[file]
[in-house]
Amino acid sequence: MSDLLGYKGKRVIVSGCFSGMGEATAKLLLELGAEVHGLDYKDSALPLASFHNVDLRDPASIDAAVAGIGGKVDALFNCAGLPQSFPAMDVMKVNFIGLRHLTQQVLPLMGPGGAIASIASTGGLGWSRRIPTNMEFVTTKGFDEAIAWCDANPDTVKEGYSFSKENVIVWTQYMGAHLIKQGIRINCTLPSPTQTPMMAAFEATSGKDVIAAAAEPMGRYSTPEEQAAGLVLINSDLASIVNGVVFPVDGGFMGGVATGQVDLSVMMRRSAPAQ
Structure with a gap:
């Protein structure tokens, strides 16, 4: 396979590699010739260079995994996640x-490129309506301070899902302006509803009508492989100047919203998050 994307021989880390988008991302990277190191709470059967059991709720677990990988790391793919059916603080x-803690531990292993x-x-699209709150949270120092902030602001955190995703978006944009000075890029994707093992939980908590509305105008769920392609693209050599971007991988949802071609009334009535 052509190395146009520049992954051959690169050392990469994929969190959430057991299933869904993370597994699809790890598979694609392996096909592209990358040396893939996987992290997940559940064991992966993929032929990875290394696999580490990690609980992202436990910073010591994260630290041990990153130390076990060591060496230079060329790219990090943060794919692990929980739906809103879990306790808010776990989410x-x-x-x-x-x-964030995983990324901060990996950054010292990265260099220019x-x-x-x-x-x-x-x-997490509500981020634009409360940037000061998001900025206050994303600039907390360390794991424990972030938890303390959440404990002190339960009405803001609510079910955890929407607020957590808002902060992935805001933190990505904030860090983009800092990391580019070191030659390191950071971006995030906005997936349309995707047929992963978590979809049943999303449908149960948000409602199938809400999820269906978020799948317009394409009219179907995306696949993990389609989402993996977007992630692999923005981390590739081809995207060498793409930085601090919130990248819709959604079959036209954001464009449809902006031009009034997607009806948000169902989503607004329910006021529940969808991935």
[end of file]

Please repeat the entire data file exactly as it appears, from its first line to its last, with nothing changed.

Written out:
[in-house]
Amino acid sequence: MSDLLGYKGKRVIVSGCFSGMGEATAKLLLELGAEVHGLDYKDSALPLASFHNVDLRDPASIDAAVAGIGGKVDALFNCAGLPQSFPAMDVMKVNFIGLRHLTQQVLPLMGPGGAIASIASTGGLGWSRRIPTNMEFVTTKGFDEAIAWCDANPDTVKEGYSFSKENVIVWTQYMGAHLIKQGIRINCTLPSPTQTPMMAAFEATSGKDVIAAAAEPMGRYSTPEEQAAGLVLINSDLASIVNGVVFPVDGGFMGGVATGQVDLSVMMRRSAPAQ
Structure with a gap:
């Protein structure tokens, strides 16, 4: 396979590699010739260079995994996640x-490129309506301070899902302006509803009508492989100047919203998050 994307021989880390988008991302990277190191709470059967059991709720677990990988790391793919059916603080x-803690531990292993x-x-699209709150949270120092902030602001955190995703978006944009000075890029994707093992939980908590509305105008769920392609693209050599971007991988949802071609009334009535 052509190395146009520049992954051959690169050392990469994929969190959430057991299933869904993370597994699809790890598979694609392996096909592209990358040396893939996987992290997940559940064991992966993929032929990875290394696999580490990690609980992202436990910073010591994260630290041990990153130390076990060591060496230079060329790219990090943060794919692990929980739906809103879990306790808010776990989410x-x-x-x-x-x-964030995983990324901060990996950054010292990265260099220019x-x-x-x-x-x-x-x-997490509500981020634009409360940037000061998001900025206050994303600039907390360390794991424990972030938890303390959440404990002190339960009405803001609510079910955890929407607020957590808002902060992935805001933190990505904030860090983009800092990391580019070191030659390191950071971006995030906005997936349309995707047929992963978590979809049943999303449908149960948000409602199938809400999820269906978020799948317009394409009219179907995306696949993990389609989402993996977007992630692999923005981390590739081809995207060498793409930085601090919130990248819709959604079959036209954001464009449809902006031009009034997607009806948000169902989503607004329910006021529940969808991935």